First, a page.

“And how was I to send the letter? Chuck it into the sea in the ship’s wake, and give it orders to swim back to port?”
“You might have posted it at the first place you touched at.”
“Look here, Lionel. I never regarded it in that grave light. How was I to suppose that old Verner would disinherit you for that trumpery escapade? I never knew why he had disinherited you, until I came home and heard from yourself the story of the inclosed glove, which he left you as a legacy. It’s since then that I have been wanting to make a clean breast of it. I say, only fancy Fred’s deepness! We should never have thought it of him. The quarrel between him and Rachel that night appeared to arise from the fact of her having seen him with Sibylla; having overheard that there was more between them than was pleasant to her: at least, so far as Luke could gather it. Lionel, what should have brought your glove lying by the pond?”
“I am unable to say. I had not been there, to drop it. The most feasible solution that I can come to is that Rachel may have had it about her for the purpose of mending, and let it drop herself, when she jumped in.”
“Ay. That’s the most likely. There was a hole in it, I remember; and it was Rachel who attended to such things in the household. It must have been so.”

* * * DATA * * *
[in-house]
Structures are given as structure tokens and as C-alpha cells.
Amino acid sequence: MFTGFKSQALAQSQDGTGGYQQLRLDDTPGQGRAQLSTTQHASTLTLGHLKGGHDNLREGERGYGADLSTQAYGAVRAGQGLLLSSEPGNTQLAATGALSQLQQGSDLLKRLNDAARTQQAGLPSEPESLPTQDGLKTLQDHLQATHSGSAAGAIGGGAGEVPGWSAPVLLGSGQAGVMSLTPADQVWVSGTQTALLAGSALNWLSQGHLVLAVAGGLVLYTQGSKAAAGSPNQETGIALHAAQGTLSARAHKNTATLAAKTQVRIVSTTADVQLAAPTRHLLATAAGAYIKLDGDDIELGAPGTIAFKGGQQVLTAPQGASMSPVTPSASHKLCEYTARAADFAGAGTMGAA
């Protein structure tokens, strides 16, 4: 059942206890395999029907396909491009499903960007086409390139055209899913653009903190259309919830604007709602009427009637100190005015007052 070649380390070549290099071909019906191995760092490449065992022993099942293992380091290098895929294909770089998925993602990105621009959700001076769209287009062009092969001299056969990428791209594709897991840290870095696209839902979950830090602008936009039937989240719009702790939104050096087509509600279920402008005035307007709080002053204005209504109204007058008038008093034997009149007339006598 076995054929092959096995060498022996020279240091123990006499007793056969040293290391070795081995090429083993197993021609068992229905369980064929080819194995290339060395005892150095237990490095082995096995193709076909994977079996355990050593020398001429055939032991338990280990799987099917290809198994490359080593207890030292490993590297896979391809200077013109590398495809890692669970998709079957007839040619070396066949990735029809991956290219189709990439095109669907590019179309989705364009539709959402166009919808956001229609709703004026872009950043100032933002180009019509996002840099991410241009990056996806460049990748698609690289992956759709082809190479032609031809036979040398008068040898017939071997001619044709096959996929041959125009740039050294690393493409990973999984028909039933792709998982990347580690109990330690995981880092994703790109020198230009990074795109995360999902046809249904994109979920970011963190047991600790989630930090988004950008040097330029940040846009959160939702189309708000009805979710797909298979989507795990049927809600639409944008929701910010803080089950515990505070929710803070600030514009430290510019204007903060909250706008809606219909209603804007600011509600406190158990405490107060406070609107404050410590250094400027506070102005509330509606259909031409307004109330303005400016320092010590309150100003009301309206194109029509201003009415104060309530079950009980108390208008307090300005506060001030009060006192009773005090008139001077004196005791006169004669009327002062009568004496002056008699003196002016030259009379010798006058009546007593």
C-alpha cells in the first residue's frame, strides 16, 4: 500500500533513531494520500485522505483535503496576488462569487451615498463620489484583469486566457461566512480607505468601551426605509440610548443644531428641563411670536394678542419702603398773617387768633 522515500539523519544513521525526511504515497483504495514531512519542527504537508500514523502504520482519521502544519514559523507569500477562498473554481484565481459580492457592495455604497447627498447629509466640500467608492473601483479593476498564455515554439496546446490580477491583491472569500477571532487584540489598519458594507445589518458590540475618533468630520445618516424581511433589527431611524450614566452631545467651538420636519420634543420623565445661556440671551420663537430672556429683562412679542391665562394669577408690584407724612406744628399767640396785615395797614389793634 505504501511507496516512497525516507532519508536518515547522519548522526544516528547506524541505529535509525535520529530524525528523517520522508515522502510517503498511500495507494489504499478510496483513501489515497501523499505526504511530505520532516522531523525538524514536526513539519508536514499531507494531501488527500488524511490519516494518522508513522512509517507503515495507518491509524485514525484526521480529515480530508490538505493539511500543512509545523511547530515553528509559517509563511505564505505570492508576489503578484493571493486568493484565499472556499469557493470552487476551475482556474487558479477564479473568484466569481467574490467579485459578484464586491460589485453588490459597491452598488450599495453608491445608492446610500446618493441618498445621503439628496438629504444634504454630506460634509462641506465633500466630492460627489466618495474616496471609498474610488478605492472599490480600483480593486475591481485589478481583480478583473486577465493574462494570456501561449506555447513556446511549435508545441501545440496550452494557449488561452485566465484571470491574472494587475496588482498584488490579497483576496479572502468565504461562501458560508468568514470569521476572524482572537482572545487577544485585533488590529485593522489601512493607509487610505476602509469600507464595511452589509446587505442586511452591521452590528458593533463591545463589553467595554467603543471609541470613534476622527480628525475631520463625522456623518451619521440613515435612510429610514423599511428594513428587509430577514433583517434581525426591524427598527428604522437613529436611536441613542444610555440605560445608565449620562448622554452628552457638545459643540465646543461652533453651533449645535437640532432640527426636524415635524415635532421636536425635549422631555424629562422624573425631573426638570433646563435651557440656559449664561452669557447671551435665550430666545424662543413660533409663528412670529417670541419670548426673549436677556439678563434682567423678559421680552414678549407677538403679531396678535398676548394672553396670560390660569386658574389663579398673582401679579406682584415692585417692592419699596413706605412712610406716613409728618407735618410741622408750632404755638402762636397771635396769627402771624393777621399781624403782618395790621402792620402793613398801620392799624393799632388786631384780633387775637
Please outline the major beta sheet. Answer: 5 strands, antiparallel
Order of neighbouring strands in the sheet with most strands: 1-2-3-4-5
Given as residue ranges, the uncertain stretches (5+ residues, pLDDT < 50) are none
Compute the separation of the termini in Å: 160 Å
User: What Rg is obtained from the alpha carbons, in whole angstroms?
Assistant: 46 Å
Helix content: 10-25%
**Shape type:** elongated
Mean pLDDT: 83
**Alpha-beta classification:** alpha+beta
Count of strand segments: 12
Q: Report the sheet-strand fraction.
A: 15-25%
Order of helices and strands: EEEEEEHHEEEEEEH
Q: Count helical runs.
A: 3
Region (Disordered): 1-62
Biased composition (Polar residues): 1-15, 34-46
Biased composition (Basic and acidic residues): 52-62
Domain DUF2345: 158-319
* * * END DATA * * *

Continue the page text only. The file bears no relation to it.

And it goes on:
Lionel fell into a reverie. How—but for this mistake of John Massingbird’s, this revelation to his uncle—the whole course of his life’s events might have been changed! Verner’s Pride bequeathed to him, never bequeathed at all to the Massingbirds, it was scarcely likely that Sibylla, in returning home, would have driven to Verner’s Pride. Had she not driven to it that night, he might never have been so surprised by his old feelings as to have proposed to her. He might have married Lucy Tempest; have lived, sheltered with her in Verner’s Pride from the storms of life; he might——
“Will you forgive me, old chap?”
It was John Massingbird who spoke, interrupting his day dreams. Lionel shook them off, and took the offered hand stretched out.
“Yes,” he heartily said. “You did not do me the injury intentionally. It was the result of a mistake, brought about by circumstances.”
“No, that I did not, by Jove!” answered John Massingbird. “I don’t think I ever did a fellow an intentional injury in my life. You would have been the last I should single out for it. I have had many ups and downs, Lionel, but somehow I have hitherto always managed to alight on my legs; and I believe it’s because I let other folks get along—tit for tat, you see. A fellow who is for ever putting his hindering spoke in the wheel of others, is safe to get hindering spokes put into his. I am not a pattern model,” comically added John Massingbird; “but I have never done wilful injury to others, and my worst enemy (if I possess one) can’t charge it upon me.”
True enough. With all Mr. John Massingbird’s failings, his heart was not a bad one. In the old days his escapades had been numerous; his brother Frederick’s, none (so far as the world knew); but the one was liked a thousand times better than the other.